72 hours (ish) in Barcelona is all we could smuggle hubby out of work for. Here’s how we got on and where we visited during a Summer heatwave.
Getting from the airport
We like to take the most economical way from the airport to whatever city we are visiting, when we go on a city break. From Barcelona airport there are of course the usual taxis, an airport shuttle bus or the train. We chose the 30 min RENFE train ride followed by the Metro underground.
There are lots of travel cards you can buy before you go or once you arrive at the train stations. We chose the T-casual card which allows travel from the airport and within zone 1 for 10 journeys. It cost €11.35 each and you can use it on the train, tram, metro, bus and funicular railway. One journey is valid for 75 minutes and within that you can make three transfers. These worked well for us being there for such a short time. However, be careful with them! A slight crease, fold, or just because it feels like it and it will become invalid and stop working. On the way to the airport, 6am, and a little stressed about the time ticking away, we got briefly lost in the underground system. Three of the family went through the turnstiles, their tickets validated and popping out with no problem. Until it came to mine! My family now the other side of the barriers and there I am stuck. Luckily I had my cards and a bit of cash on me and managed to find a ticket machine nearby. After refusing my cards, the machine finally accepted cash for a single ticket to the airport. I had visions of not being able to get out of the country or getting a fine! Thank goodness we had sent the kids through in between us or there would have been a meltdown. Find out more about the T-casual here.
Before we arrived in Barcelona we bought tickets for the Bus turistic. It’s one of two, open topped ‘hop on, hop off’ sightseeing buses with commentary. There were two routes around the city and it enabled us to see lots without having to tramp around too much. There were Gaudi buildings, the football stadium, La Sagrada Familia (which had hordes of people queueing to get in), and swanky designer shops – funnily enough I wasn’t allowed off at the shoe stop! We spent all morning riding the buses. Face masks are said to still be required on public transport and in taxis in Barcelona. We seemed to be in the minority wearing them, however the sightseeing bus was quite strict about you having them when you got on. It was the only place we saw them being enforced. Find out more here.
Park Güell is a UNESCO world heritage site and is famous for its history and the works that can be found of artist Gaudi. As such it is hugely popular and its recommended that you buy tickets before you go. We opted for just an entrance ticket but you can have a guided tour in your language. Although the entrance is timed, you have half a hour from the time to make your entrance, once you’re in you can stay all day. We took the metro underground to a stop nearby the park and then it is a 20 min walk uphill to one of the entrances. We wandered around for a few hours and saw the iconic Dragon staircase, portico, The Greek theatre and porter’s lodge and pavilion. The popular sights were heaving and we queued to get pictures at the dragon staircase. There is a tiny café for refreshments but at the height of Summer the queue was ridiculous. There are illegal hawkers within the park selling sunglasses, fans and water. We paid €10 for adults and €7 for a child ticket general admission, guided tours start at €22 each. More information here.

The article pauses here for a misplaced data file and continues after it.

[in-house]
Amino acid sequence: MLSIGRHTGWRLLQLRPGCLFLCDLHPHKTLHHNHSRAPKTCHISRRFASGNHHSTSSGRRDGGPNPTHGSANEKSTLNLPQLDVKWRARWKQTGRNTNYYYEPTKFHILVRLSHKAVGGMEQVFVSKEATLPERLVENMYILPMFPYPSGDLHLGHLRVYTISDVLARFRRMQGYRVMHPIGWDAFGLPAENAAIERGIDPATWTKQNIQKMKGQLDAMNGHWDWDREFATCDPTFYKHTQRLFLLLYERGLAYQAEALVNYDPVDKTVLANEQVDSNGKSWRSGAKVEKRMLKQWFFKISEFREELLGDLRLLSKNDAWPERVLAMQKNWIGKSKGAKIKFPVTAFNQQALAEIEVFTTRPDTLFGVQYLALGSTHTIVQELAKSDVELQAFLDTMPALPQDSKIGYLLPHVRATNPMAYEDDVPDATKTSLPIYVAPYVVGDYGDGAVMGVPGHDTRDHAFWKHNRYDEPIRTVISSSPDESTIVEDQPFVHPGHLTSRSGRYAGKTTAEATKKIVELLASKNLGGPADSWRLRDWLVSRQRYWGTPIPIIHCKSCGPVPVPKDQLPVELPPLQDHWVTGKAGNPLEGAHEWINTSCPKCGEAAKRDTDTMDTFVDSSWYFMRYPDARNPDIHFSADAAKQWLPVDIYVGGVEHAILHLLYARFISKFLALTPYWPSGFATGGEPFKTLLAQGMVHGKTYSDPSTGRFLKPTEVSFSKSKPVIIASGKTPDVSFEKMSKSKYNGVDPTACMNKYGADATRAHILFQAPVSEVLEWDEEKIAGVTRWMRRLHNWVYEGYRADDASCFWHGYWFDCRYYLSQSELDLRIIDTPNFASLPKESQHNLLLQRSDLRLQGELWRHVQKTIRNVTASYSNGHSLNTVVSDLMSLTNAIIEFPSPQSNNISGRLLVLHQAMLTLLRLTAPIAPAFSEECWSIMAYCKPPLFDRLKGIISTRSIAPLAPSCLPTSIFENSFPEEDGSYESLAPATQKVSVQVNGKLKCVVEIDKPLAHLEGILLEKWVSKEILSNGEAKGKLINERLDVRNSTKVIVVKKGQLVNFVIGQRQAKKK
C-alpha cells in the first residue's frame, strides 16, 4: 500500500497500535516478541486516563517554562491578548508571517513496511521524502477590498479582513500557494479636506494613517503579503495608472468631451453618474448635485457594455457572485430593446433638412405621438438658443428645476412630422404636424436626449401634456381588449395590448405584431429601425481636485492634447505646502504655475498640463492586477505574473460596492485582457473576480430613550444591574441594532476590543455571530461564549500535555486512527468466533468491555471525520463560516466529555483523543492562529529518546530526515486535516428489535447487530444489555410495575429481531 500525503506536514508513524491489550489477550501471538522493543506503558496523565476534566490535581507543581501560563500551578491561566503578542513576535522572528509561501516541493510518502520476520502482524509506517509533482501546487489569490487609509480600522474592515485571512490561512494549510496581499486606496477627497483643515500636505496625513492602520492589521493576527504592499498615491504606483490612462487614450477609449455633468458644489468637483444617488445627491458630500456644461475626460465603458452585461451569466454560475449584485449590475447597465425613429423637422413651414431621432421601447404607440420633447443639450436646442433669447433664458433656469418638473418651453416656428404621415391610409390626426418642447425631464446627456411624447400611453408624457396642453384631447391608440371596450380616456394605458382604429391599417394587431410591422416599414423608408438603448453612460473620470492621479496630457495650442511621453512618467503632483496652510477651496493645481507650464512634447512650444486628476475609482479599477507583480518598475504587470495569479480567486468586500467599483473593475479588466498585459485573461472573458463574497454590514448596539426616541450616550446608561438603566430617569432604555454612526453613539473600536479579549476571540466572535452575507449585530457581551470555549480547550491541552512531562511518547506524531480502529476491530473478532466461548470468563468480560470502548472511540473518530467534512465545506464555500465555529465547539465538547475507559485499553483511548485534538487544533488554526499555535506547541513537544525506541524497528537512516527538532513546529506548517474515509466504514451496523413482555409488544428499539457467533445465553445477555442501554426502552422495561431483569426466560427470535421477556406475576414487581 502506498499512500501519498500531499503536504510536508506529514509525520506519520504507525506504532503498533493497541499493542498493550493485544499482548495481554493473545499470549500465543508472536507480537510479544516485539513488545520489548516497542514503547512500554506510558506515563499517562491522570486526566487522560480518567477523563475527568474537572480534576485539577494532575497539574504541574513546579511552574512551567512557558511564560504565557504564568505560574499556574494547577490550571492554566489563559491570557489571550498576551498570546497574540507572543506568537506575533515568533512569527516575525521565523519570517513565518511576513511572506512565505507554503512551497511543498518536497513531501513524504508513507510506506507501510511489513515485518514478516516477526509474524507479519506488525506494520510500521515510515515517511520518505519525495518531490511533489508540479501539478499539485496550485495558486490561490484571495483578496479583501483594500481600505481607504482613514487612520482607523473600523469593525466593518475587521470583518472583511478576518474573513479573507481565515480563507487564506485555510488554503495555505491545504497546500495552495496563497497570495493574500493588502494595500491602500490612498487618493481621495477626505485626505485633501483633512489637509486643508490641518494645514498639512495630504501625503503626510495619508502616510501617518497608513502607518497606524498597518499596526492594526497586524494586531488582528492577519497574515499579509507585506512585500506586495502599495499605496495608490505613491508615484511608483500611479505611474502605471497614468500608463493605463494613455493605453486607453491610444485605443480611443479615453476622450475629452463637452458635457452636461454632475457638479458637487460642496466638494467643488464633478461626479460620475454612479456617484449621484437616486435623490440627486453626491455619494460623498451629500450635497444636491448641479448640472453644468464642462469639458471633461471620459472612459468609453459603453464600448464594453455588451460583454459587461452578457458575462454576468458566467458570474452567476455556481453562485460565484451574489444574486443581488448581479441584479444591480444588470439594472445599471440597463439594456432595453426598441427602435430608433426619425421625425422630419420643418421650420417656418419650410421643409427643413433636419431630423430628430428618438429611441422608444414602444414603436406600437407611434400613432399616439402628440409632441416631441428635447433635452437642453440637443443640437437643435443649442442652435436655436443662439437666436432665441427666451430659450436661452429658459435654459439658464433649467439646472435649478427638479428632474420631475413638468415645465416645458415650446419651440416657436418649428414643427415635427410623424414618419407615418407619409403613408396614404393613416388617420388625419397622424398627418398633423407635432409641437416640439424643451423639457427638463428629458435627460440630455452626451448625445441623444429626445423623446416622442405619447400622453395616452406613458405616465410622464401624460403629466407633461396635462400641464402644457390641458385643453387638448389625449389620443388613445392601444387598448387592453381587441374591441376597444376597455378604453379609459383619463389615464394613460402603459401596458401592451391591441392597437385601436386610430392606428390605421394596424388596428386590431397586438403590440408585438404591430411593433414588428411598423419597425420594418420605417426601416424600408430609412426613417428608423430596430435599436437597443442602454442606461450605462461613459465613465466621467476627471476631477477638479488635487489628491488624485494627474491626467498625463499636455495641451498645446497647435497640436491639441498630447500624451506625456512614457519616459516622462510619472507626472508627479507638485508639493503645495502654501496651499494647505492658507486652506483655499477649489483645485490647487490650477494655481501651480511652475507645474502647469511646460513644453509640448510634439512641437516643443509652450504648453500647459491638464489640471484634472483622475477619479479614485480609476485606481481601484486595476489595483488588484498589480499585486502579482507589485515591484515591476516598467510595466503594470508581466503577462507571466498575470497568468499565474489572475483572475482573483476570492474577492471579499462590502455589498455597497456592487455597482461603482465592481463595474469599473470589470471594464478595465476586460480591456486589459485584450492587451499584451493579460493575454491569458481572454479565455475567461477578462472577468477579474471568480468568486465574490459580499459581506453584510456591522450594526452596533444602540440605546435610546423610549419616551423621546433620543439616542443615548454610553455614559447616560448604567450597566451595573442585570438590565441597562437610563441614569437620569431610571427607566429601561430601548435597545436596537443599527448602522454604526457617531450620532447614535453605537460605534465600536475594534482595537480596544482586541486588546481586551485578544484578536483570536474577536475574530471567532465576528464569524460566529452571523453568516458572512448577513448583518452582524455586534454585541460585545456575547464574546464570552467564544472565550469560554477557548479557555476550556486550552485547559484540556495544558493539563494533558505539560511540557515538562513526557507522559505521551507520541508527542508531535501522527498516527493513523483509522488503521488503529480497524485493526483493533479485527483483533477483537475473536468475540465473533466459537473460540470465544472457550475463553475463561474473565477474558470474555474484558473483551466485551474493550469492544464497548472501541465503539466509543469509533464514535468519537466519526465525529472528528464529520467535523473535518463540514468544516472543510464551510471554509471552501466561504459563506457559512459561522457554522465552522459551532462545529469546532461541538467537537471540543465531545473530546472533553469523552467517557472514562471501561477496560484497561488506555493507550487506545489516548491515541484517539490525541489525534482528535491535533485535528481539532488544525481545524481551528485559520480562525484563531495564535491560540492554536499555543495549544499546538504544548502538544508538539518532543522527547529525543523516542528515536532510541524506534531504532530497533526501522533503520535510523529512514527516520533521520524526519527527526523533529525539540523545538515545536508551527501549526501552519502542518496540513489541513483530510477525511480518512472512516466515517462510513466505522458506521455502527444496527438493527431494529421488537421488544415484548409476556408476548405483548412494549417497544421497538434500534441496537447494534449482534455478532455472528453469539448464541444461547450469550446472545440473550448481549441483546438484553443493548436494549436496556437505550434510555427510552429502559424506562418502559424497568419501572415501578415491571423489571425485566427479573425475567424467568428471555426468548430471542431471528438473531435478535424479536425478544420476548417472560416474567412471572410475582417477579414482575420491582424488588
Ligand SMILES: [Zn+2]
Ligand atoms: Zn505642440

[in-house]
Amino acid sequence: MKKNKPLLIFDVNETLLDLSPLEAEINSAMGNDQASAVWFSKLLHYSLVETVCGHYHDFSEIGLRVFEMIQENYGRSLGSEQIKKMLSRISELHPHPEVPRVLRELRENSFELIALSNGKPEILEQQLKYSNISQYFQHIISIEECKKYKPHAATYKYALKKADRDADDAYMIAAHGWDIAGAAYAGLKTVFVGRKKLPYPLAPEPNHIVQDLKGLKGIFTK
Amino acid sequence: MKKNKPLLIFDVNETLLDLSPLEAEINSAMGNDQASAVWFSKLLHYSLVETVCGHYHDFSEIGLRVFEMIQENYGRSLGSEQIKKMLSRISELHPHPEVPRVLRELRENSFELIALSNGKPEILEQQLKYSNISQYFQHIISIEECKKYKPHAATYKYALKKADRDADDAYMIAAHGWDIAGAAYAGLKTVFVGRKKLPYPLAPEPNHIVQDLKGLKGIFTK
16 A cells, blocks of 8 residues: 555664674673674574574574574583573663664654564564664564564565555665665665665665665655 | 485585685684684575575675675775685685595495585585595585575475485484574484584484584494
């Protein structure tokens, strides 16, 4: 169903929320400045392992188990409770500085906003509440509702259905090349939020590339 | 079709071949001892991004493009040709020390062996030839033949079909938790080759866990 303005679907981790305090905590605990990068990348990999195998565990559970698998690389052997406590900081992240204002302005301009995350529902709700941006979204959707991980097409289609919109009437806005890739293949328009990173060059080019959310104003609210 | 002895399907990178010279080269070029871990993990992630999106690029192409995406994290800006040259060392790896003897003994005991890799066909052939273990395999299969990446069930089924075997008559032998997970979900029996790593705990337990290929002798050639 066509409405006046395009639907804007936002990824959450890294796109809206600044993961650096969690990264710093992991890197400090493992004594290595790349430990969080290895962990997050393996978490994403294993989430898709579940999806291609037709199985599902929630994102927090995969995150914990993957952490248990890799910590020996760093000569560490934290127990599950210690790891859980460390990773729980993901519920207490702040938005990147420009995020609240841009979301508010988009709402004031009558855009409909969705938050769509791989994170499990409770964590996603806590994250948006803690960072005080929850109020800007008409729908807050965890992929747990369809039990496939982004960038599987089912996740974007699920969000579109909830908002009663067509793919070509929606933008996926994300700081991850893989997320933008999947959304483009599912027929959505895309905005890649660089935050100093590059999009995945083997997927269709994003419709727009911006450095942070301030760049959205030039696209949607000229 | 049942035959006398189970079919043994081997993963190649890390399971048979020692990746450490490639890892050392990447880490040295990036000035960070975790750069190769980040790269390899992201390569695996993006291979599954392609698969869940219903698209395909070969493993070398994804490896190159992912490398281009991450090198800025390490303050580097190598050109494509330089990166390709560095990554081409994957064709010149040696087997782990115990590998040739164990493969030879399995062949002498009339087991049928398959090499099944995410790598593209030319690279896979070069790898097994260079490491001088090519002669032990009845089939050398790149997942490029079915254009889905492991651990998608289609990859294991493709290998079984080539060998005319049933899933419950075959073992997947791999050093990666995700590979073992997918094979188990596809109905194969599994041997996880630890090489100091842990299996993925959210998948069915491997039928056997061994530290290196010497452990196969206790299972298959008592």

Telefèric de Montjuïc and Castle Montjuïc
On the spur of the moment we took the funicular railway to the Montjuïc park and from there the cable car, that takes you up 750m to the castle. The cable car was approx. €50 for a round trip for four of us. There was a festival vibe on the rather noisy funicular trip, lots of cheering and lively 20 somethings holding bottles. We wondered where on earth we were going. It turns out there was a rave in the park! The cable car went right over the top so we got to see everyone dancing and enjoying the music. The castle proved to be a bit of a disappointment (should have gone to the rave!) On Sunday’s after 3pm the castle is free to get in. However, we found most of the rooms off the parade ground were closed. We were able to climb to the roof for panoramic views of the city. Maybe when you pay to get in there’s more to see. Cable car information here.
By day a fountain in a huge park, by night a light and water show set to pop music! Wednesday’s to Sunday’s from 9.30pm – 10.30pm the fountain show takes place and its free. The deserted park and surrounding streets hours before were then packed and thriving. If you want to get up close to the water you obviously have to get there early. We were able to stand across the street and were still able to enjoy the spectacle. Here for information how to get there. We suggest eating before heading to the fountain area as we found there wasn’t a lot of restaurants nearby. We did find a pizza place down the road but the service was terrible.
Also on our trip we went down Las Ramblas (expensive and touristy but great for people watching – be careful of your bags though) and also down to the marina area where there is a swing bridge and shopping centre.
We enjoyed our time in Barcelona, ate lots of tapas and walked for miles. The heat was insane and we did dive for cover into air conditioning and had a few siestas too. Our hotel sent us to a recommended restaurant and the one thing I did learn about Barcelona was, not to judge a book by its cover! A seemingly shabby looking place had a wonderful fine dining restaurant hidden in the back of the building. Side streets off main roads, we thought had nothing there, turned out to be lively, noisy, bars and tapas restaurants. We fit quite a lot into our short stay and I’m only sorry that the heat meant we didn’t explore further.